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Did you save much toward the end?
Old 01-02-2008, 01:34 PM   #1
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Did you save much toward the end?

I'm 32 now and am investing aggressively. In running the numbers, I've noticed that the amount of "new" money invested in, say, the last 5 years before retirement, really doesn't matter. That is, getting a lot of money in early and giving it time to grow is the real key (duh). But knowing that, I couldn't help wondering if I should bother investing anything at all during those last 5 years before retirement.

If your portfolio is growing by $200k/year on its own, just through compounding, does it really matter if I throw another $30k into it, if that new money isn't going to be in there long enough to really take advantage of compound interest? What did the rest of you do? Do you direct that money elsewhere? Splurge with it? Loosen the purse strings and enhance your lifestyle? Or did you continue socking it away out of pure habit, or a desire to maximize retirement savings as much as possible?
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Old 01-02-2008, 01:53 PM   #2
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I'm 32 now and am investing aggressively. In running the numbers, I've noticed that the amount of "new" money invested in, say, the last 5 years before retirement, really doesn't matter.
It may not show its growth value very much as of the day you retire, but it sure will show it 20 years later. Not every bit of savings is for day 1, given a 30 year retirement. Early is better, but late helps, too.
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Old 01-02-2008, 01:54 PM   #3
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I think "socking it away" is a fair bet. Old habits are hard to break.
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Old 01-02-2008, 01:58 PM   #4
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What Rich said. In 20 years the money you save now won't be "new" money, it will be money you "got in early". It's never too late to save for retirement.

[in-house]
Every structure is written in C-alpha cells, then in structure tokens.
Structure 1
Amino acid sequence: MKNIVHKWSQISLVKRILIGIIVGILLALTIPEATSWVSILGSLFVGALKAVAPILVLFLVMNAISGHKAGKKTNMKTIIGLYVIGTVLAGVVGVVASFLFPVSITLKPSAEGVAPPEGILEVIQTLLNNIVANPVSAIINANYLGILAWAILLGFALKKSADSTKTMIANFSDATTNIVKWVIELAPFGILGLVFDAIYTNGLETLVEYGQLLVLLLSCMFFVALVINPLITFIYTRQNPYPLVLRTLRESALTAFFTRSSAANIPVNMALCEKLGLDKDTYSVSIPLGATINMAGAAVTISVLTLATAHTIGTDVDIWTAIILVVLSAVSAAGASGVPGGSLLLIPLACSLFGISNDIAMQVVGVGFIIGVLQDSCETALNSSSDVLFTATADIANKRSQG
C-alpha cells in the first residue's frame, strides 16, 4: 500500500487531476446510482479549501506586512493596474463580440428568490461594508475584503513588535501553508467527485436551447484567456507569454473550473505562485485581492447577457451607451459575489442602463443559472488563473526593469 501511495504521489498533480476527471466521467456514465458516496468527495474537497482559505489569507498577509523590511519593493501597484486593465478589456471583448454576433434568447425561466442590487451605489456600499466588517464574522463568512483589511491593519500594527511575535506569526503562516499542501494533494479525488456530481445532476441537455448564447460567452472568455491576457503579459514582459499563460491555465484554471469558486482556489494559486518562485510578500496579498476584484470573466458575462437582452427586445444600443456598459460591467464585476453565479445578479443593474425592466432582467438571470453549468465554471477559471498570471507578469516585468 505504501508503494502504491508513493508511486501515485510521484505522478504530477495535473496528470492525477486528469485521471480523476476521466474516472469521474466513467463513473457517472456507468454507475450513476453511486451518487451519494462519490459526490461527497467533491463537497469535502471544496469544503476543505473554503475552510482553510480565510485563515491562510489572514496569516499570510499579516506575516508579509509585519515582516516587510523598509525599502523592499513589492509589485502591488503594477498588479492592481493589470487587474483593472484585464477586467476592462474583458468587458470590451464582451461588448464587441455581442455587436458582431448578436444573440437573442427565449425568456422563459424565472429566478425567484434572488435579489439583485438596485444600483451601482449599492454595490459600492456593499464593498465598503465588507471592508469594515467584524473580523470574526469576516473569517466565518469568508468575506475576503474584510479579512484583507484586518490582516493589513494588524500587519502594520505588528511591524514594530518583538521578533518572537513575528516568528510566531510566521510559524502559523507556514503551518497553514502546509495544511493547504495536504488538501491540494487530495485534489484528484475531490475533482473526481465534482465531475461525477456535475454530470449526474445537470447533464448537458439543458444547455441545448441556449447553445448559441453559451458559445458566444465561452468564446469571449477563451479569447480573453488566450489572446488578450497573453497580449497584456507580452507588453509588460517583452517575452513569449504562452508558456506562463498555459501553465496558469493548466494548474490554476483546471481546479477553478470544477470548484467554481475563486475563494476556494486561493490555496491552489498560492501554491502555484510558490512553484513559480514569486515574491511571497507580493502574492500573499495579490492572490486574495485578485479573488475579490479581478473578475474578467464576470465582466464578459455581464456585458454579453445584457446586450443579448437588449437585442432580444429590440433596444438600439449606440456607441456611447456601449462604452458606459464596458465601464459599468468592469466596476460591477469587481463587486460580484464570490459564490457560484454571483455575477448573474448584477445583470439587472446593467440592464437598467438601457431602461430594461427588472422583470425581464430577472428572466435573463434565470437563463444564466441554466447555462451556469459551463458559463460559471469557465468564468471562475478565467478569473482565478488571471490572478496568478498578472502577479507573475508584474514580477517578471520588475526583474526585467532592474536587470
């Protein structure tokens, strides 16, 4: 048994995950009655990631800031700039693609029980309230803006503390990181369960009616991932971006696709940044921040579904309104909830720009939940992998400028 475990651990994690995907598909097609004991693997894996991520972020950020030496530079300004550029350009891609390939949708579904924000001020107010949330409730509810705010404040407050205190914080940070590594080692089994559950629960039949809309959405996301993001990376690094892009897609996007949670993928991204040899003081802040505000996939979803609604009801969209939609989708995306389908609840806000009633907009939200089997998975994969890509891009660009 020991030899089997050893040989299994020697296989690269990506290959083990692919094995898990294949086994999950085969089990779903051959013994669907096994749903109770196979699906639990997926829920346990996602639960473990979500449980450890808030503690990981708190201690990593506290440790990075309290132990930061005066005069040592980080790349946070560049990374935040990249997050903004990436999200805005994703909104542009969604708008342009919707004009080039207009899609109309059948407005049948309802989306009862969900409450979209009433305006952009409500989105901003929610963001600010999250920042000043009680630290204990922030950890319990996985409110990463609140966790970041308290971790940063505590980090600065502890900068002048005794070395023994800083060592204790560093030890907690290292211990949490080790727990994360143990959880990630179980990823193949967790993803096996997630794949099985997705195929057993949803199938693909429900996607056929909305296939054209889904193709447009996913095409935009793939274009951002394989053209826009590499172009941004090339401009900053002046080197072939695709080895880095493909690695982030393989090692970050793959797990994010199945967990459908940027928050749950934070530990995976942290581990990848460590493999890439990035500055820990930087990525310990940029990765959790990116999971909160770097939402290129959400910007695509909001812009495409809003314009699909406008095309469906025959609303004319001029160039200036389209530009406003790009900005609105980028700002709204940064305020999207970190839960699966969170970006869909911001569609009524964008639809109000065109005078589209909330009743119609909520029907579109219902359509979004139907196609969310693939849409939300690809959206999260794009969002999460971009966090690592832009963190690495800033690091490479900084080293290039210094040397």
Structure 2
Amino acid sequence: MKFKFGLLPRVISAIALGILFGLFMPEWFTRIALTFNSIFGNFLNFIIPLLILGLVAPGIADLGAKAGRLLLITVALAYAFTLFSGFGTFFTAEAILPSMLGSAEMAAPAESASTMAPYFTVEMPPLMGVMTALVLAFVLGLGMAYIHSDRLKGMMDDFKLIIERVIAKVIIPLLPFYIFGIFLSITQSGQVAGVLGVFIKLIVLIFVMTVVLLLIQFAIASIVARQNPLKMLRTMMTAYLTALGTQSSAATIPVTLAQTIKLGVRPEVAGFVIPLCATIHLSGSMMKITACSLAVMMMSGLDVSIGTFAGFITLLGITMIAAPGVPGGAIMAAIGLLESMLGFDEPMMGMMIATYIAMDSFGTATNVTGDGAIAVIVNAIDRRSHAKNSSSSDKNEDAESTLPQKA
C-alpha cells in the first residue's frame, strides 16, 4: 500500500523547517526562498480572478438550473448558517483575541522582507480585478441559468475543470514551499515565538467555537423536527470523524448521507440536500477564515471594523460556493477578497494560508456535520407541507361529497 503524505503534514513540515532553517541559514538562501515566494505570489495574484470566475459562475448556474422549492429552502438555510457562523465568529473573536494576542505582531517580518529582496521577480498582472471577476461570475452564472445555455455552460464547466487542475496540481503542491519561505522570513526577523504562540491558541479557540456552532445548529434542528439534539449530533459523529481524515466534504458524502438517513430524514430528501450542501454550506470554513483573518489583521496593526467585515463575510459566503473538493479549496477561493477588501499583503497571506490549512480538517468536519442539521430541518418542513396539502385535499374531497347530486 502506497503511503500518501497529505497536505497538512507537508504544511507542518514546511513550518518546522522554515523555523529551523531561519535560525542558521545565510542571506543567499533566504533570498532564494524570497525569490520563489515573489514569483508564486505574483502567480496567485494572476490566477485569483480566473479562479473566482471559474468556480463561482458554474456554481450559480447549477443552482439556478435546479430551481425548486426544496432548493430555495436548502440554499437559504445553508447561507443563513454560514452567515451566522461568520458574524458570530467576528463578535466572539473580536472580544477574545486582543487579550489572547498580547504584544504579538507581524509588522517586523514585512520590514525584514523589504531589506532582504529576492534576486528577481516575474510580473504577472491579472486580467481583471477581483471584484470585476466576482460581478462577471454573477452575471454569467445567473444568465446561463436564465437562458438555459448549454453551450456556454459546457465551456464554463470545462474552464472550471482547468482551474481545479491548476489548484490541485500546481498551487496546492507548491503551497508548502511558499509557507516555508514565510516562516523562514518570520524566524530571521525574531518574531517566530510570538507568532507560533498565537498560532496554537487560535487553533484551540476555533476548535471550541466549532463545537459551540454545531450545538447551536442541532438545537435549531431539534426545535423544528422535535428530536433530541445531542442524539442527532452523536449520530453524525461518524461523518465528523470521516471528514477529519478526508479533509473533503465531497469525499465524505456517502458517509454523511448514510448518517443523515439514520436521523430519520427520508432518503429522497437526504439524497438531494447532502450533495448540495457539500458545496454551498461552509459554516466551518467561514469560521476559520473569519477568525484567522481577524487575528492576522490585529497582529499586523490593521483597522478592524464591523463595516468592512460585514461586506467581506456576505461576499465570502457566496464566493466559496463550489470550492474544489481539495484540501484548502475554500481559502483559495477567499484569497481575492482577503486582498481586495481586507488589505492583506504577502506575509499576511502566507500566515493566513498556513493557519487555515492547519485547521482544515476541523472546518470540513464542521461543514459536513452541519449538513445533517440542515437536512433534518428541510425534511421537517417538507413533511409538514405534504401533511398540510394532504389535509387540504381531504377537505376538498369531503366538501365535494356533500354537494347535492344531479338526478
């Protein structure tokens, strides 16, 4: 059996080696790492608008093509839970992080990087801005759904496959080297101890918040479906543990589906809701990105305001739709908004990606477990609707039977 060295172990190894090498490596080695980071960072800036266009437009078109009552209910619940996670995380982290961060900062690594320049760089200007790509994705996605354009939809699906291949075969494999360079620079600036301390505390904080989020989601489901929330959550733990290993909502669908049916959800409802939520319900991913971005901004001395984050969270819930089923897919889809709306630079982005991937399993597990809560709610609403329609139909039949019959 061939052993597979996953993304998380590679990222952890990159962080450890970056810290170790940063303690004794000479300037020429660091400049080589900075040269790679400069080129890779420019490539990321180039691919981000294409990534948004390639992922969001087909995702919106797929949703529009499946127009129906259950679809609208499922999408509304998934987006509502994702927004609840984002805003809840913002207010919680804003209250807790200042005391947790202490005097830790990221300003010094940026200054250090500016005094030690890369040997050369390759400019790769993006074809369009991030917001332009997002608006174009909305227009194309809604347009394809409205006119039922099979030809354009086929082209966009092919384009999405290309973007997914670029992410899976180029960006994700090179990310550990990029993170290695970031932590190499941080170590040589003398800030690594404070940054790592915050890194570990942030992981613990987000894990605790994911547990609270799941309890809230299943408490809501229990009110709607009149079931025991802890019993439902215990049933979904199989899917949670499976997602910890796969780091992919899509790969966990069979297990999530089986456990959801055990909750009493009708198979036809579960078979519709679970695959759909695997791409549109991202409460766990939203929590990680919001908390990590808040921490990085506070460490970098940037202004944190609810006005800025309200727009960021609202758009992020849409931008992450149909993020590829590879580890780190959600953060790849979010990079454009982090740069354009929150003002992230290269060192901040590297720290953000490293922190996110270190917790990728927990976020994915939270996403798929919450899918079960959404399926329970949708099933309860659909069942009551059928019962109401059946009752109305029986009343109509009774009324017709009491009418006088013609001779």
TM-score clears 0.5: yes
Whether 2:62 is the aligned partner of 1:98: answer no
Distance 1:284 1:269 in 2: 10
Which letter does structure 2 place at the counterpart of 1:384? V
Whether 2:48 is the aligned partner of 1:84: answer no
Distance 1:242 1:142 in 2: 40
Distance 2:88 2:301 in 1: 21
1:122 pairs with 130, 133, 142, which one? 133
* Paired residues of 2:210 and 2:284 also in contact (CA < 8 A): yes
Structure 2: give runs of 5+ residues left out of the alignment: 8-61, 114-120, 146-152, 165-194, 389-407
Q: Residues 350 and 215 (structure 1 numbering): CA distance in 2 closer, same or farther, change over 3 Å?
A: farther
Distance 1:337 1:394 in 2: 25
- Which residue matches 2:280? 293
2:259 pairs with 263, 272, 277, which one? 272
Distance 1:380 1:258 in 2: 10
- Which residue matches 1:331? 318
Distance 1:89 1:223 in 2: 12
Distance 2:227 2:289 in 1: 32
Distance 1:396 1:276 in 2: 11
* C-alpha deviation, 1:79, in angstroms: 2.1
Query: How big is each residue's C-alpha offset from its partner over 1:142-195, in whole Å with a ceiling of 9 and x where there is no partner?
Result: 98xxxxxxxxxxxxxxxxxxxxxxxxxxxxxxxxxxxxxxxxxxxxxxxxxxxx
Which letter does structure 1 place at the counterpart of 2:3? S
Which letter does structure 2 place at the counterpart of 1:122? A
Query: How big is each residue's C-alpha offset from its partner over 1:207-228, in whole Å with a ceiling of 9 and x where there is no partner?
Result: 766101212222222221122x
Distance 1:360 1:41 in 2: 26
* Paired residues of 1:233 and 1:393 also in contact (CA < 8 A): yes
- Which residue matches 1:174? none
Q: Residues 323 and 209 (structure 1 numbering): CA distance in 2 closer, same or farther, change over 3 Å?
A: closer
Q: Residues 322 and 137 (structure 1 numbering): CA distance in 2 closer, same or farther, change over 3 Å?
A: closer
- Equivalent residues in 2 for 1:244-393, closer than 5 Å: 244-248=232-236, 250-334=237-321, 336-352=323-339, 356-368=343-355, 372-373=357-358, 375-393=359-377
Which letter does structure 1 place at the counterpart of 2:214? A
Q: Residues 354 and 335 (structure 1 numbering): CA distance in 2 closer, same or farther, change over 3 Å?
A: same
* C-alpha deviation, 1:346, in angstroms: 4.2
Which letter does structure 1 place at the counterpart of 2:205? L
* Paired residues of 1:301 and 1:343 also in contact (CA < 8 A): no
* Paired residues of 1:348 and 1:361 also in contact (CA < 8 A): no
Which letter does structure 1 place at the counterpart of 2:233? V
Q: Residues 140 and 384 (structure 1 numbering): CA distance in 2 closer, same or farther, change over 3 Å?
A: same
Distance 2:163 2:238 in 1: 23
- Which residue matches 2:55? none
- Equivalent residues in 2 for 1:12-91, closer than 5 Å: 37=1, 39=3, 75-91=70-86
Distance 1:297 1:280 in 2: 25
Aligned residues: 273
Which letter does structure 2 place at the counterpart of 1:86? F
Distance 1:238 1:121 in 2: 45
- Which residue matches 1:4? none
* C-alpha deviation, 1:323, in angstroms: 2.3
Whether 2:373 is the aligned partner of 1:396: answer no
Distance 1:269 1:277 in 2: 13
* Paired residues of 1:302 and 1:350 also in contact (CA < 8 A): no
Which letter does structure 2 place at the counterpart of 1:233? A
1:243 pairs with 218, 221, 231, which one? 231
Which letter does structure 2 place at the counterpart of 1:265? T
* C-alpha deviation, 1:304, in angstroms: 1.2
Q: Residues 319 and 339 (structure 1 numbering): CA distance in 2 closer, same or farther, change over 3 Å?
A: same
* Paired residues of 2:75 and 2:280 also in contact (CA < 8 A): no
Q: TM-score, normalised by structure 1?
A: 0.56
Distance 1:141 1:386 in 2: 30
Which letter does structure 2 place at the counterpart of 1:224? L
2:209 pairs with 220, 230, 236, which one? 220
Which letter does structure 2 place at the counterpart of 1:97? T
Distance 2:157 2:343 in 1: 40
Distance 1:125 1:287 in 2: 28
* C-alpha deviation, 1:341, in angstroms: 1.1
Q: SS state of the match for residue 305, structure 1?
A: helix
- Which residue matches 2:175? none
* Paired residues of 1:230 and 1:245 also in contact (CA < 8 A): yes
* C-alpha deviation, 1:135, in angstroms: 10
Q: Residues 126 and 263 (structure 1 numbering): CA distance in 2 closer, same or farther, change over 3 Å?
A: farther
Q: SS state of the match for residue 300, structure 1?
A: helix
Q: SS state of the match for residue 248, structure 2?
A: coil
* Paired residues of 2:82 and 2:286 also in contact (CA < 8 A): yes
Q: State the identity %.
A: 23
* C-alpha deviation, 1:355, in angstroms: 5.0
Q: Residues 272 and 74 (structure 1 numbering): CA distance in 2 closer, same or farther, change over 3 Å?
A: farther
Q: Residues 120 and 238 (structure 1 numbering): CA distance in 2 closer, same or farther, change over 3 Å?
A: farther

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Old 01-02-2008, 01:58 PM   #5
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Although adding it to the pile doesn't accelerate the date much, I think it can save you from the bigger problem of getting used to a higher standard of living, which in turn requires a larger portfolio to provide. That's the bigger problem with spending it, IMHO.

To say it another way, every $1,000 per year you don't spend is $25,000 in retirement portfolio you don't have to have.

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Old 01-02-2008, 02:28 PM   #6
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Along the lines of 2cor521:

It would be like:
spend $50k, save $30k
spend $50k, save $30k
spend $50k, save $30k
spend $50k, save $30k
spend $50k, save $30k
spend $50k, save $30k
spend $50k, save $30k
spend $50k, save $30k
spend $80k, save $0
spend $80k, save $0
spend $80k, save $0
spend $80k, save $0
spend $80k, save $0
retire, then go back to
spend $50k
spend $50k
spend $50k
spend $50k
spend $50k.

What would you spend that extra $30k/yr on that you would feel ok doing without once you retire? If you permanently increase your spending by $30k, you'll need $750,000 in your portfolio to support this extra spending.

Maybe taking the $30k/yr and using it to pay down any remaining debt (like a mortgage) would make sense. You wouldn't increase your expenses any.
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Old 01-02-2008, 02:55 PM   #7
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If your portfolio is growing by $200k/year on its own, just through compounding, does it really matter if I throw another $30k into it, if that new money isn't going to be in there long enough to really take advantage of compound interest? What did the rest of you do? Do you direct that money elsewhere? Splurge with it? Loosen the purse strings and enhance your lifestyle? Or did you continue socking it away out of pure habit, or a desire to maximize retirement savings as much as possible?
33 here, and while I feel like the savings are like a drop of water in the ocean, I still do it out of habit. I figure every little bit will make a difference later on.